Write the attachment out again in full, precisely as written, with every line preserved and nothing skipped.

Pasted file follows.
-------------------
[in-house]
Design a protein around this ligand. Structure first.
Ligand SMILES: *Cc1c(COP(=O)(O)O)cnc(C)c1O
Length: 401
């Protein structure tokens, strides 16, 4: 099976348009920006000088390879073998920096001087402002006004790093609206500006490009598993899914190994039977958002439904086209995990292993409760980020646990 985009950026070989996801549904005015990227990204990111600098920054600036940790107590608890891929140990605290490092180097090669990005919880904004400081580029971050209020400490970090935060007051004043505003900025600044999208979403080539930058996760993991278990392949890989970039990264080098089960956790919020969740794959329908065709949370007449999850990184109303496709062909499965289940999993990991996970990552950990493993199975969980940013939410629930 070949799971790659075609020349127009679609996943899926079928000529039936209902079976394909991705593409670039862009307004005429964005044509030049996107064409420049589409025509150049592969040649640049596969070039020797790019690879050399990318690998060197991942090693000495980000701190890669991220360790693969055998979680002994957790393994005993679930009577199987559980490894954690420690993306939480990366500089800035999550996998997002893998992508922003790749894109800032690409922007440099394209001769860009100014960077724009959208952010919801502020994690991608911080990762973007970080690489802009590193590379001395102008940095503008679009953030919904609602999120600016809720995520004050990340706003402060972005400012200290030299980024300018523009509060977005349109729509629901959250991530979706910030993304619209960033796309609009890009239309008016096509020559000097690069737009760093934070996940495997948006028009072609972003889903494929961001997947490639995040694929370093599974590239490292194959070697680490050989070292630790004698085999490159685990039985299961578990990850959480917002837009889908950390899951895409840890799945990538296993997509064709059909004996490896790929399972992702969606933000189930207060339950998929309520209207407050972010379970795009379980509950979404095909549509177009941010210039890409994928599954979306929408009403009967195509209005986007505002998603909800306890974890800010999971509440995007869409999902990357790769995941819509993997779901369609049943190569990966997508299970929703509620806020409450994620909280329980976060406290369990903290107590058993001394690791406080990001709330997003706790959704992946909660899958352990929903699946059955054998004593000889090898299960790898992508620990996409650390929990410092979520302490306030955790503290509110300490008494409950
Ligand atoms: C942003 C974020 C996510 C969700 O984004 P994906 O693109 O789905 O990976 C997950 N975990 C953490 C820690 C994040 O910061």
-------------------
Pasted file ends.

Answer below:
[in-house]
Design a protein around this ligand. Structure first.
Ligand SMILES: *Cc1c(COP(=O)(O)O)cnc(C)c1O
Length: 401
């Protein structure tokens, strides 16, 4: 099976348009920006000088390879073998920096001087402002006004790093609206500006490009598993899914190994039977958002439904086209995990292993409760980020646990 985009950026070989996801549904005015990227990204990111600098920054600036940790107590608890891929140990605290490092180097090669990005919880904004400081580029971050209020400490970090935060007051004043505003900025600044999208979403080539930058996760993991278990392949890989970039990264080098089960956790919020969740794959329908065709949370007449999850990184109303496709062909499965289940999993990991996970990552950990493993199975969980940013939410629930 070949799971790659075609020349127009679609996943899926079928000529039936209902079976394909991705593409670039862009307004005429964005044509030049996107064409420049589409025509150049592969040649640049596969070039020797790019690879050399990318690998060197991942090693000495980000701190890669991220360790693969055998979680002994957790393994005993679930009577199987559980490894954690420690993306939480990366500089800035999550996998997002893998992508922003790749894109800032690409922007440099394209001769860009100014960077724009959208952010919801502020994690991608911080990762973007970080690489802009590193590379001395102008940095503008679009953030919904609602999120600016809720995520004050990340706003402060972005400012200290030299980024300018523009509060977005349109729509629901959250991530979706910030993304619209960033796309609009890009239309008016096509020559000097690069737009760093934070996940495997948006028009072609972003889903494929961001997947490639995040694929370093599974590239490292194959070697680490050989070292630790004698085999490159685990039985299961578990990850959480917002837009889908950390899951895409840890799945990538296993997509064709059909004996490896790929399972992702969606933000189930207060339950998929309520209207407050972010379970795009379980509950979404095909549509177009941010210039890409994928599954979306929408009403009967195509209005986007505002998603909800306890974890800010999971509440995007869409999902990357790769995941819509993997779901369609049943190569990966997508299970929703509620806020409450994620909280329980976060406290369990903290107590058993001394690791406080990001709330997003706790959704992946909660899958352990929903699946059955054998004593000889090898299960790898992508620990996409650390929990410092979520302490306030955790503290509110300490008494409950
Ligand atoms: C942003 C974020 C996510 C969700 O984004 P994906 O693109 O789905 O990976 C997950 N975990 C953490 C820690 C994040 O910061």